Joy for Jan: the sitting education minister retains her seat in a tense battle Picture: Michael Cowhey
EDUCATION Minister Jan O'Sullivan says she is "absolutely relieved and delighted" after holding onto her seat in Limerick City in the most dramatic of fashion.
Ms O'Sullivan, a TD in Limerick since 1998, won 8,187 votes in total, and was elected on the final count. It followed an incredible day of drama, in which she was at one stage more than 800 votes behind Fine Gael TD Kieran O'Donnell.
Many in the Labour party had conceded the long-serving deputy was unlikely to hold onto her seat - including Ms O'Sullivan herself.
But at the fourth count, a huge transfer of 835 votes from eliminated candidate Sarah-Jane Hennelly of the Social Democrats put her just 176 votes behind Mr O'Donnell.
And at the fifth count in the small hours of this Sunday, she passed the Fine Gael TD for the first time in the day, a lead she would hold onto.
Speaking to reporters in the aftermath of her election, she said: "We have had so many ups and downs today. I feel relieved, delighted and pleased that the long tradition of the Labour seat is now maintained. We continue to fight."
After returning officer Gerry McCague confirmed her election, her supporters hoisted her in the air, chanting her name, and holding up posters stating that her political mentor Jim Kemmy would be "proud" of her.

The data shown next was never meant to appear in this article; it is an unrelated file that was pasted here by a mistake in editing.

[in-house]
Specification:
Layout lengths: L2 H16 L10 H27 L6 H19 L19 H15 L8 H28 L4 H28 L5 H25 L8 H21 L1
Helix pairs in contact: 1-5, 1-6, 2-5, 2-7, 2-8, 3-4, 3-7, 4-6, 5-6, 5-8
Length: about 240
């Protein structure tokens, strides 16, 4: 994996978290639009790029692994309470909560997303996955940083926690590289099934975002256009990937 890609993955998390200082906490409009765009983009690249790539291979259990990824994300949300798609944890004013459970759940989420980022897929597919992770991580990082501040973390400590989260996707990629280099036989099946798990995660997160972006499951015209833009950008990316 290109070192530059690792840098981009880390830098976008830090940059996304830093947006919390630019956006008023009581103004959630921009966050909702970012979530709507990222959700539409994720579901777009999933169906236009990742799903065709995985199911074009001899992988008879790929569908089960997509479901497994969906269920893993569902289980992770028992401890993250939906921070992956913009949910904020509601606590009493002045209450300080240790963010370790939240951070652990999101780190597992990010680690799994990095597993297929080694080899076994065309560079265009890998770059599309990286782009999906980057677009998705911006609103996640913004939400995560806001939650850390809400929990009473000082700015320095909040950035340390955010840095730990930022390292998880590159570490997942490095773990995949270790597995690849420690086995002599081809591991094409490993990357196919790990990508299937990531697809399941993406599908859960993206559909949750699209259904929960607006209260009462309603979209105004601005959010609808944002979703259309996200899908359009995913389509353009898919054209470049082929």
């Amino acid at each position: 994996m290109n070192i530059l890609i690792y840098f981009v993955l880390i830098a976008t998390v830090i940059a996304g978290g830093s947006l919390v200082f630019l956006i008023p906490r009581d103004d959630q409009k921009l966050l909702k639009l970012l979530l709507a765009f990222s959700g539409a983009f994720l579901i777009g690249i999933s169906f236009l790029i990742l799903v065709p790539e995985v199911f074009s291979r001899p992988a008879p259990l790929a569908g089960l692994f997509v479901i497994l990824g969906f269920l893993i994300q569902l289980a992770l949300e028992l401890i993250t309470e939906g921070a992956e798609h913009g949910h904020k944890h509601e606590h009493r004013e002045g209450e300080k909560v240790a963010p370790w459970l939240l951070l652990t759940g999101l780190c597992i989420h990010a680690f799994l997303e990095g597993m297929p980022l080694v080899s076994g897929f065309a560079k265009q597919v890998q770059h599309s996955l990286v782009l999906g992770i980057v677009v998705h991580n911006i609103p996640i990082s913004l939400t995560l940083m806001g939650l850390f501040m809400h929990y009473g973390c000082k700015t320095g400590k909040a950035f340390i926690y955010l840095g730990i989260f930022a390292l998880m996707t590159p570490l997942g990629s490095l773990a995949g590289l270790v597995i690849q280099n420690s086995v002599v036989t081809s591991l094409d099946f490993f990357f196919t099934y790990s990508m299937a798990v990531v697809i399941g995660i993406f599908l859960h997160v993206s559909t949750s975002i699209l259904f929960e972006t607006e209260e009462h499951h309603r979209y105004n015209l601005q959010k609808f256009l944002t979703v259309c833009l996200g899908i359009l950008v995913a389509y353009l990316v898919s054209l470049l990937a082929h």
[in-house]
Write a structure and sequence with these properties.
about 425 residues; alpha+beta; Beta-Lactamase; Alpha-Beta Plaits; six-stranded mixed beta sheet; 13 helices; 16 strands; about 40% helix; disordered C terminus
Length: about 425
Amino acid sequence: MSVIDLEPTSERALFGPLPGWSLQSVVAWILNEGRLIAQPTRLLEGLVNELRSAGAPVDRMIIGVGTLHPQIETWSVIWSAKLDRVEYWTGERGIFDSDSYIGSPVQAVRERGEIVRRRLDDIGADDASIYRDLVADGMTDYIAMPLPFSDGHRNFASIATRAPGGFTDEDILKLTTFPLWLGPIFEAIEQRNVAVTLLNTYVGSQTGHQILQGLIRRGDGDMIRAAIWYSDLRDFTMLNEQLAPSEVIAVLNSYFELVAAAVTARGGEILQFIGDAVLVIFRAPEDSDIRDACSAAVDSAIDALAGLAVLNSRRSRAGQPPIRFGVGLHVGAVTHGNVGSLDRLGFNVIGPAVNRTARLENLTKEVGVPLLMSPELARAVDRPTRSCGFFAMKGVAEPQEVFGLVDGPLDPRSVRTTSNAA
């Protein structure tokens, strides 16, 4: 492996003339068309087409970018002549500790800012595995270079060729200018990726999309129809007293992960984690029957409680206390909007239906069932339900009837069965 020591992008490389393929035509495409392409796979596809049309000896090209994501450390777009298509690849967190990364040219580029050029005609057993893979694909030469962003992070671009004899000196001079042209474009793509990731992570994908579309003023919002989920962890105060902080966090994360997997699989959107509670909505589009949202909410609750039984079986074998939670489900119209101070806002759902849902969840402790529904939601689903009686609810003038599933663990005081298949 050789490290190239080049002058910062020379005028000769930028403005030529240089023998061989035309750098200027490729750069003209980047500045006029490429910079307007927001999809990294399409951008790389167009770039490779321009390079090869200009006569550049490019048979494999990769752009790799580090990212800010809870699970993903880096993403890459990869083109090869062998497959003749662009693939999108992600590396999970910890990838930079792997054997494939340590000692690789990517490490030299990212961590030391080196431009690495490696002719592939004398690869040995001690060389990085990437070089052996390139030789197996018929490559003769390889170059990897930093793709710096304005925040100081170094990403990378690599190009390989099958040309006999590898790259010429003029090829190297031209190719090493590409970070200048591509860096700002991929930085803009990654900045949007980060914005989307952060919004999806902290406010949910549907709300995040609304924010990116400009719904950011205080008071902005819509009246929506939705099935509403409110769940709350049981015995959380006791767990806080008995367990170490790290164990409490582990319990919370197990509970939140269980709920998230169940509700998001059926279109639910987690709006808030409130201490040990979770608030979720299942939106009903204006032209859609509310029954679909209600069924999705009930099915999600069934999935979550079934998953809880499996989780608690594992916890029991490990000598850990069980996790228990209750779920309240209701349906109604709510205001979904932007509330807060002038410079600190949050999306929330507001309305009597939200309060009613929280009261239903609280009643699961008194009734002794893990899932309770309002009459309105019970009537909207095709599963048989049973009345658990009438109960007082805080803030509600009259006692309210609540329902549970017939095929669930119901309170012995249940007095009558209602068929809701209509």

Asked about the campaign, she said in retrospect, Labour should have stood up to the Anti-Austerity Alliance more.
She said: "We set about ensuring we stood up to the threat of Sinn Fein. Maybe in retrospect, we could have stood up to the Anti-Austerity Alliance a bit more. They plastered the city with anti-Labour posters. It was very negative campaigning, and it is something we should in future ensure we respond to that negative postering which was truly designed to smear our party and attack a fellow party of the left."
Despite the anti-government vote this time, Ms O'Sullivan still feels the by-election where she won election to Dail Eireann for the first time in 1998 was her toughest campaign.
She said: "I think the most pressure was the by-election. Jim Kemmy had died. We were not given much of a chance at the start of the election, but we won through. Many of that team from that election have stayed with me, and many new people too,. that was the highlight, but this was extremely important too. We have kept that traditional left Labour seat in Limerick against the odds, and I am very proud we have been able to do that."
And she paid tribute to Mr O'Donnell, saying: "He has been an excellent TD. He has always served the people of Limerick really well. It is really tough for him. I know exactly how he feels. I was feeling the same way. I have no doubt he will be a TD for Limerick again."
She added now she is planning "a bit of a celebration despite the late hour".
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